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Starred Review. With irreverence and pungent detail, George (A Life Removed) breaks the embarrassed silence over the economic, political, social and environmental problems of human waste disposal. Full of fascinating facts about the evolution of material culture as influenced by changing mores of disgust and decency (the popularity of high-heeled shoes dates back to the time when chamber pots were emptied into the streets)—the book shows how even advanced technology doesn't always meet basic needs: using toilet paper is shockingly unhygienic and millions of government-built latrines in developing countries have been turned into goat sheds and spare rooms due to poor design, a lack of regular water supply or simply because the subsidized (and expensive) cement and stone structures are often more appealing than the village huts. George explores how discussions on the importance of clean drinking water and the eradication of infectious diseases euphemistically address how to handle human waste. From the depths of the world's oldest surviving urban sewers in to Japan's robo-toilet revolution, George leads an intrepid, erudite and entertaining journey through the public consequences of this most private behavior.(Oct.)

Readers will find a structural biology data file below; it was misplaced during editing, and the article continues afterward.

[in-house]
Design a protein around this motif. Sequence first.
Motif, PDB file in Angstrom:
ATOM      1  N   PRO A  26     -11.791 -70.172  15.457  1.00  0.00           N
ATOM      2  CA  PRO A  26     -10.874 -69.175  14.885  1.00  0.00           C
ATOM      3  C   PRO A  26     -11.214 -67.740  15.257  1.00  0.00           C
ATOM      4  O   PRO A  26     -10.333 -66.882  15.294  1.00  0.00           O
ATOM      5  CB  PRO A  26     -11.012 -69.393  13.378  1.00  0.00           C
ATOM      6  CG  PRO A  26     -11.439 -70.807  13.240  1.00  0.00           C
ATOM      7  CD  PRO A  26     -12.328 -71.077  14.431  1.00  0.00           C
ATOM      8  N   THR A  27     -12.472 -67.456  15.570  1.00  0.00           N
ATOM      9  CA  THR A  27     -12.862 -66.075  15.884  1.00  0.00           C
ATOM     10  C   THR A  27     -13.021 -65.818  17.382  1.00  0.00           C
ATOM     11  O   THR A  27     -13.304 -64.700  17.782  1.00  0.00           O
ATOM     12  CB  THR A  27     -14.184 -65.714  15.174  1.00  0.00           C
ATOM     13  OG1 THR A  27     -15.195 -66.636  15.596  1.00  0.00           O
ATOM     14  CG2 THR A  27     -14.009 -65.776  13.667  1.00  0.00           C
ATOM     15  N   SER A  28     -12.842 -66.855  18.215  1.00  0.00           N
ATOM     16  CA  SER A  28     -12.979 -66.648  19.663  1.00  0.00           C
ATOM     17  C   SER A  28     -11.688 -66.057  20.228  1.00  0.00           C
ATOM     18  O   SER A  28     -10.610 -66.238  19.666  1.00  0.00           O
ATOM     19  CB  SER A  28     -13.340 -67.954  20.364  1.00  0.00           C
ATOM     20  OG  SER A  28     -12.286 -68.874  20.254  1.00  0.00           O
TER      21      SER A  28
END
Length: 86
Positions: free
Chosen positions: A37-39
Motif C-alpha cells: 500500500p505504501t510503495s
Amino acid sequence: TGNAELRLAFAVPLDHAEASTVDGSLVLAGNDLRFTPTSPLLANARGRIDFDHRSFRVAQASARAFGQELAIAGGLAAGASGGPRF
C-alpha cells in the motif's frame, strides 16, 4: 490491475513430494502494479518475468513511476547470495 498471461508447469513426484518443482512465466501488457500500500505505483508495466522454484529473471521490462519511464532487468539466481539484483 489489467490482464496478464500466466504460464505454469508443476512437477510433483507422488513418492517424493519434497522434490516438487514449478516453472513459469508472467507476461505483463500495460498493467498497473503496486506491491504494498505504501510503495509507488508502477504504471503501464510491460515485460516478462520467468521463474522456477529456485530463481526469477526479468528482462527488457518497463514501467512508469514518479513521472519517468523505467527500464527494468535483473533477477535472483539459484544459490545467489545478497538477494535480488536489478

Copyright © Reed Business Information, a division of Reed Elsevier Inc. All rights reserved.
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ISBN-10:  0805082719
ISBN-13:  978-0805082715
Author:  Rose George
Genre:  Professional & Technical, Nonfiction
Publisher:  Metropolitan Books
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review by . February 01, 2009
What is the cheapest toilet in developing countries? It is a plastic bag. "Kenyans call them helicopter toilets. Tanzanians prefer flying toilets. Whatever the name, the technique is the same..." Go. Wrap. Throw.    The plastic bag is one step up from open defecation, which according to the author, is still widely practiced in India.    We live in what the author calls a `flushed and plumbed' nation. It is hard to believe that 2.6 billion people must do without …
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